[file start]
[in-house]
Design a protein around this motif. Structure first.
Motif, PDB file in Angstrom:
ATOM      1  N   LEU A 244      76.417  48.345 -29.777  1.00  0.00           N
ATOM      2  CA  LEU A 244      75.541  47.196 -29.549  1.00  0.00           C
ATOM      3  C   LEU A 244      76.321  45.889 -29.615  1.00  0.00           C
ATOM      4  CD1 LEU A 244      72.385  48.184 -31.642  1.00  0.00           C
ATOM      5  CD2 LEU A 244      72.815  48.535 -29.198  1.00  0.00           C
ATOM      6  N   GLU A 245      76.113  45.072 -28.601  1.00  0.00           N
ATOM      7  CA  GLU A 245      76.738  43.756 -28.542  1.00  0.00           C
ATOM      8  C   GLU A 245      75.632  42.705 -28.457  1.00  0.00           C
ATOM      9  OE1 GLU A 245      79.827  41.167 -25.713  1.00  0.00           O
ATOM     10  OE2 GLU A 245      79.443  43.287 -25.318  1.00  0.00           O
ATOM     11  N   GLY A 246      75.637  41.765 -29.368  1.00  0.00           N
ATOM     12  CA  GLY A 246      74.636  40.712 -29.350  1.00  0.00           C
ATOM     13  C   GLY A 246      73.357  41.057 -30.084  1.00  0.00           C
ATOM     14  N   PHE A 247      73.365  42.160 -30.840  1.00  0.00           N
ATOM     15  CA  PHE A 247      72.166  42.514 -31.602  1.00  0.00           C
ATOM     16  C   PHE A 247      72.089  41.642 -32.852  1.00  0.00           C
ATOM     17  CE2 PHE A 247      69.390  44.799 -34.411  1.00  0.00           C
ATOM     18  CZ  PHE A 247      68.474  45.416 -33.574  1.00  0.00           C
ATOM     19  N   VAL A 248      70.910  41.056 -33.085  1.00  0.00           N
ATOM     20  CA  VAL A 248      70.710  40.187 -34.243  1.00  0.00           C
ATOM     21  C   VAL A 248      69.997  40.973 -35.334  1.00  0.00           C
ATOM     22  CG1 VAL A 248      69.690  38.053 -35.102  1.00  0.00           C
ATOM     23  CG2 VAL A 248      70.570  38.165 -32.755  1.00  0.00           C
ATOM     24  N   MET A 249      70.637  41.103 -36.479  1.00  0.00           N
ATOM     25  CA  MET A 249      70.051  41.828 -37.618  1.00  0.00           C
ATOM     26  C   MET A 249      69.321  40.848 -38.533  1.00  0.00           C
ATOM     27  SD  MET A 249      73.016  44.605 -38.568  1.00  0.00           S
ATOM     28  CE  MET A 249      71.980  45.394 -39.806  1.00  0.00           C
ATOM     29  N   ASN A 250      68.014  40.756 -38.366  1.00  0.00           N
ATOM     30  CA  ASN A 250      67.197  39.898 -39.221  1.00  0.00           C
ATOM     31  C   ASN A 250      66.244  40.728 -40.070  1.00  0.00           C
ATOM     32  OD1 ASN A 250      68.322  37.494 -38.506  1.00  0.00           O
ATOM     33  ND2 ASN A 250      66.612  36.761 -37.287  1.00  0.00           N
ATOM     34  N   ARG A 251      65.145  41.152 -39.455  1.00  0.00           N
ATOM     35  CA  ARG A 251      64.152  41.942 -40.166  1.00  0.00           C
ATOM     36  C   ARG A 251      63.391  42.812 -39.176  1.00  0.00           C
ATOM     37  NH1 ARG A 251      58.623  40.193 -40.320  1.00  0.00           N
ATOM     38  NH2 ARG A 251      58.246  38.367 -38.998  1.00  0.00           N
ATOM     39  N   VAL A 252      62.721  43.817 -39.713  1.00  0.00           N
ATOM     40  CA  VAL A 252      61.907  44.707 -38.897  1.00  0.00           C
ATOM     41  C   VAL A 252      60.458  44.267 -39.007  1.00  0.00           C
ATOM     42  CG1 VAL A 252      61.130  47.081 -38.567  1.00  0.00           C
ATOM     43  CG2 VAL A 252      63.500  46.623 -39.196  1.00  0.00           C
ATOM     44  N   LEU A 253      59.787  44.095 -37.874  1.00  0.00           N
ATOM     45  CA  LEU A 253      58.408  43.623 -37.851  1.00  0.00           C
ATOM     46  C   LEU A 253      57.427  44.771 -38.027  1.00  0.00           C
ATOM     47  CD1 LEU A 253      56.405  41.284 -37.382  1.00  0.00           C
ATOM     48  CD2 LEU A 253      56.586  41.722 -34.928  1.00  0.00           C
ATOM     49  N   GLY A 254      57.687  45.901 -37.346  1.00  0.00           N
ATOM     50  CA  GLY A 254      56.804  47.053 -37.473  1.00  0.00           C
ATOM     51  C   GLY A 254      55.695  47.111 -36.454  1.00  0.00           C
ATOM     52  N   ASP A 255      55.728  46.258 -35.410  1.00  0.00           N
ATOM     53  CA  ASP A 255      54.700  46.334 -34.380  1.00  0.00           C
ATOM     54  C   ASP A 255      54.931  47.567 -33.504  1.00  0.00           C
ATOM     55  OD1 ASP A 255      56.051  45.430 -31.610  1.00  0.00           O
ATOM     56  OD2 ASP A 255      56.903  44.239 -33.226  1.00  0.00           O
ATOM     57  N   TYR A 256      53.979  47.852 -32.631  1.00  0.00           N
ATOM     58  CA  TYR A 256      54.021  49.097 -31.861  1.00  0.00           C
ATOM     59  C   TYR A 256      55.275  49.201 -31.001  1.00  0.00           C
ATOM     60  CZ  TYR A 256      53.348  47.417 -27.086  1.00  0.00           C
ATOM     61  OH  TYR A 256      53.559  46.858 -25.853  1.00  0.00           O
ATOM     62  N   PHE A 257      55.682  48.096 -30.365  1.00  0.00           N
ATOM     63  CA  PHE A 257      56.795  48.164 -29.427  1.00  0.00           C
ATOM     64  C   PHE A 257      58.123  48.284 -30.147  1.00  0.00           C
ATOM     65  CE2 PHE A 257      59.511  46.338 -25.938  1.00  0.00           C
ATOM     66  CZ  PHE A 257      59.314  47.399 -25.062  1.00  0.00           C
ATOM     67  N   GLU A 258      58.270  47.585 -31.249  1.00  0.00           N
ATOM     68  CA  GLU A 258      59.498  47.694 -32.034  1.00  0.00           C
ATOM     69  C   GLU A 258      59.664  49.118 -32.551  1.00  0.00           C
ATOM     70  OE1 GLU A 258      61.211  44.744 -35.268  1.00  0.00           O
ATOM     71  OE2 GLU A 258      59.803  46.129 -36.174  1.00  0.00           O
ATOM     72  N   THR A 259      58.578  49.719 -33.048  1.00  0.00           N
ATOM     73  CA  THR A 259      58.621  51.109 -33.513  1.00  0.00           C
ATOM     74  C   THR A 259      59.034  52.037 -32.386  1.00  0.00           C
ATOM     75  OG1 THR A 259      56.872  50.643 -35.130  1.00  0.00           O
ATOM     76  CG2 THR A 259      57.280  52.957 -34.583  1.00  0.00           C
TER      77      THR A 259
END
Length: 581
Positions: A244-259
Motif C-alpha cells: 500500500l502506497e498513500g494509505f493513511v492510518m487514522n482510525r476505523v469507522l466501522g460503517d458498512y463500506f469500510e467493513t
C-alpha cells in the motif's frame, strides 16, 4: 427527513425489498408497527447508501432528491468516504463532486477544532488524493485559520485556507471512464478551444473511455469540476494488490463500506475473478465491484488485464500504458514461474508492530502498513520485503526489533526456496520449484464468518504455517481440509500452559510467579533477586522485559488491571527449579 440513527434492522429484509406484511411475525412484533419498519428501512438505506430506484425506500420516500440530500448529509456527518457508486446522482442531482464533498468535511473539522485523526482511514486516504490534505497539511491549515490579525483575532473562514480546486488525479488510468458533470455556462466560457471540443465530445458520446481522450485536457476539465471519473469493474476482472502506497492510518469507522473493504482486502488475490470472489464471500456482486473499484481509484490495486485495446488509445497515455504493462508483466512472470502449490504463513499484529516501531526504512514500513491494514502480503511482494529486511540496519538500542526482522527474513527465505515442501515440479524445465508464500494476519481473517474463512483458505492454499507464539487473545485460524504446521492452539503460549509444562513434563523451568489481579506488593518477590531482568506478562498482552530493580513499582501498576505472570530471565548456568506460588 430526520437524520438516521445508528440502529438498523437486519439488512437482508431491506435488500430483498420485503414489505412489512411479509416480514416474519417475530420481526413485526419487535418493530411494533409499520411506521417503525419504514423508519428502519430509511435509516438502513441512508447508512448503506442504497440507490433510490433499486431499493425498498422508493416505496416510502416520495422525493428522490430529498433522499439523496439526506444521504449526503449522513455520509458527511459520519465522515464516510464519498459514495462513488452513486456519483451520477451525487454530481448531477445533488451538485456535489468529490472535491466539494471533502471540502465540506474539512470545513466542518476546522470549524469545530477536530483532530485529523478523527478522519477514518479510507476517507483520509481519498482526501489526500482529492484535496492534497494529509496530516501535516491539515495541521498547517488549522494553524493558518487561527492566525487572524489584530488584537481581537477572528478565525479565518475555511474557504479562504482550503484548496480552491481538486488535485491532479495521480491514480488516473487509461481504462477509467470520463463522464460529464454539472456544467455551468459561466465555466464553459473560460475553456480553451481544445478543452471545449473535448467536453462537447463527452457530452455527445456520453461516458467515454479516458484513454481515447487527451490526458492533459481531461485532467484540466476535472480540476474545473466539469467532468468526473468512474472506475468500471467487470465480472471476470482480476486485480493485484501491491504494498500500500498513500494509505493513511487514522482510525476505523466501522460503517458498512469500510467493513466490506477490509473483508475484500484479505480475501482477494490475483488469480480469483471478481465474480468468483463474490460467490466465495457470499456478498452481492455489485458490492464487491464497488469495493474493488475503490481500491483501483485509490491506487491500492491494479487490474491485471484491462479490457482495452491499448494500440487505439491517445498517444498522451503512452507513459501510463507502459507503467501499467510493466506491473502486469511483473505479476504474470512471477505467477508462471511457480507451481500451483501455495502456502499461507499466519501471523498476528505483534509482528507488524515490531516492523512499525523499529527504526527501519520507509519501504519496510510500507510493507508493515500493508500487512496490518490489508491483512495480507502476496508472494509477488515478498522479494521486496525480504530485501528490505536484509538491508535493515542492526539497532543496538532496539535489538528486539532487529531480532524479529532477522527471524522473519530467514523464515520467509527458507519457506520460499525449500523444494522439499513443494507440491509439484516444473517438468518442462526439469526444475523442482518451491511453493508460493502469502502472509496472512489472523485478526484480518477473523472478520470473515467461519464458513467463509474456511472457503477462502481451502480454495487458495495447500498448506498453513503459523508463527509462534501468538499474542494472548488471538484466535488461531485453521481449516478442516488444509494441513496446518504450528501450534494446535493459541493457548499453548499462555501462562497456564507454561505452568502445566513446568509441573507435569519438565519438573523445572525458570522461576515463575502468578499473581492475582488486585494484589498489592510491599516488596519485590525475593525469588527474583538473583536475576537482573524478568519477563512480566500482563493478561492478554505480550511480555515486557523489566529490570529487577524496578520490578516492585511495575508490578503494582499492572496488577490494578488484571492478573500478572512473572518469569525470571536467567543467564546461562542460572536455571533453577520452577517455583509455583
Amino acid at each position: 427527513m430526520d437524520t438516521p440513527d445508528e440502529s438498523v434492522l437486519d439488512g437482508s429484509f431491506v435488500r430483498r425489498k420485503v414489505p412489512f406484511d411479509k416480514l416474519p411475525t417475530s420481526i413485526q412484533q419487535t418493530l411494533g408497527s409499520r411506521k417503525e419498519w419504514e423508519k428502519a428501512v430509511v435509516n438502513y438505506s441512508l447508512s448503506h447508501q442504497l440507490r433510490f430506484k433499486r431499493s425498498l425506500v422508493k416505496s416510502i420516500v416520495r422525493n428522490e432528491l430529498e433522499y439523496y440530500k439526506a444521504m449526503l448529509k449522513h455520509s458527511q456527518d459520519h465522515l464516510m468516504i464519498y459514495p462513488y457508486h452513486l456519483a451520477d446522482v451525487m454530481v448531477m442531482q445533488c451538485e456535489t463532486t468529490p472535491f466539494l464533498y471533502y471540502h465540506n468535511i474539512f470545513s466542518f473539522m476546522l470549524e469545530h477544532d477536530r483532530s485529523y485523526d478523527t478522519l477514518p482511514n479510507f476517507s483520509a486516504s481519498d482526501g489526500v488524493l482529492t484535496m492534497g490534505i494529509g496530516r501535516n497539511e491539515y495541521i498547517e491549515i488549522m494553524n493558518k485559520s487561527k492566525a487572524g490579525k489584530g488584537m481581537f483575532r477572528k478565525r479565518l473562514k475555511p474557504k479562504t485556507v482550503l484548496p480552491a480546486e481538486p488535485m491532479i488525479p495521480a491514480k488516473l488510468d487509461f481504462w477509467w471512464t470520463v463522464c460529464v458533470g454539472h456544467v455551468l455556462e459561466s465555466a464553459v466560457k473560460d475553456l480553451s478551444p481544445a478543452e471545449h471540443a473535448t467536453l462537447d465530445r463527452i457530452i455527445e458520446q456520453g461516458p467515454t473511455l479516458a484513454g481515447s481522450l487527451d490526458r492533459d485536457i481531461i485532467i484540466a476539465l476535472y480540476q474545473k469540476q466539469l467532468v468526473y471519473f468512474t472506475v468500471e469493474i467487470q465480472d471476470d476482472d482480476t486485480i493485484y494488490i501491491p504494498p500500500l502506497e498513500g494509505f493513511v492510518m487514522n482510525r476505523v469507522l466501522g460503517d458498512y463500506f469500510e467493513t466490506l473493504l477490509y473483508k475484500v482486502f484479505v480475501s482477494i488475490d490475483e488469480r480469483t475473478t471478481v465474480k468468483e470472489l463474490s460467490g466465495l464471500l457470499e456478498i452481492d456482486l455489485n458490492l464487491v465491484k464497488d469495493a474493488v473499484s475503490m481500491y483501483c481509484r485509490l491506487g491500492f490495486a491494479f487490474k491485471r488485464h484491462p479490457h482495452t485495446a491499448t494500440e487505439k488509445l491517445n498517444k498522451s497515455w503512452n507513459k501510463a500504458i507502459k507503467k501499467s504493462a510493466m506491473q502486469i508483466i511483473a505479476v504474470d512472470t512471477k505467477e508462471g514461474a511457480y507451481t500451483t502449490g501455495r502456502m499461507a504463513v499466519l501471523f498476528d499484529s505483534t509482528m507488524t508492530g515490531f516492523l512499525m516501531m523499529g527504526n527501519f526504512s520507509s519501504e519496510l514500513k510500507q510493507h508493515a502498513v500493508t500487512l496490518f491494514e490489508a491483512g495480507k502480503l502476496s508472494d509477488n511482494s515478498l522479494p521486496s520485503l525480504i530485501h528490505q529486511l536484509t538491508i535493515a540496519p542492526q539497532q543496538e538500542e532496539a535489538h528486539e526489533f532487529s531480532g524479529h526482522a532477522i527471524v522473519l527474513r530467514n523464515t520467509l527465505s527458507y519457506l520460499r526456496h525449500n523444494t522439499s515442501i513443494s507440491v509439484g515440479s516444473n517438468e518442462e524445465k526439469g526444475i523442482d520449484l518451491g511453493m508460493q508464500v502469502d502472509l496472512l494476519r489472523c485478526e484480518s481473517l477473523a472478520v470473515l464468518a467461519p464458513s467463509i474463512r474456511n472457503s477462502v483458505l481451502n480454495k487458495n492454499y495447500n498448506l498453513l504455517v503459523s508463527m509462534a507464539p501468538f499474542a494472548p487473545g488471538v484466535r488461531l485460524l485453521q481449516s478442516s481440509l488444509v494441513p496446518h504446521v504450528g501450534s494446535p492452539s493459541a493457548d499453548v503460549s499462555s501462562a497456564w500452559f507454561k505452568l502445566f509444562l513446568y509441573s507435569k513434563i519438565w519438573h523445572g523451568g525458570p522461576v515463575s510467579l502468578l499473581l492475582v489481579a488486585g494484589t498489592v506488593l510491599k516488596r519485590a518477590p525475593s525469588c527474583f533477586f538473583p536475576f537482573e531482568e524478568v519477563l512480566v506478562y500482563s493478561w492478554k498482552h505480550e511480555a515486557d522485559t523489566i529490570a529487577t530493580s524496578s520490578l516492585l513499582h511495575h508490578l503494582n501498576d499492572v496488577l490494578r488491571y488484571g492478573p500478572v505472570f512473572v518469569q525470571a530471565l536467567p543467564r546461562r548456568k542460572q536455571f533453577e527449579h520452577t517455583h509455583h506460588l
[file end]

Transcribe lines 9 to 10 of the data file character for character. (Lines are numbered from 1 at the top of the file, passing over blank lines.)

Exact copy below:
ATOM      6  N   GLU A 245      76.113  45.072 -28.601  1.00  0.00           N
ATOM      7  CA  GLU A 245      76.738  43.756 -28.542  1.00  0.00           C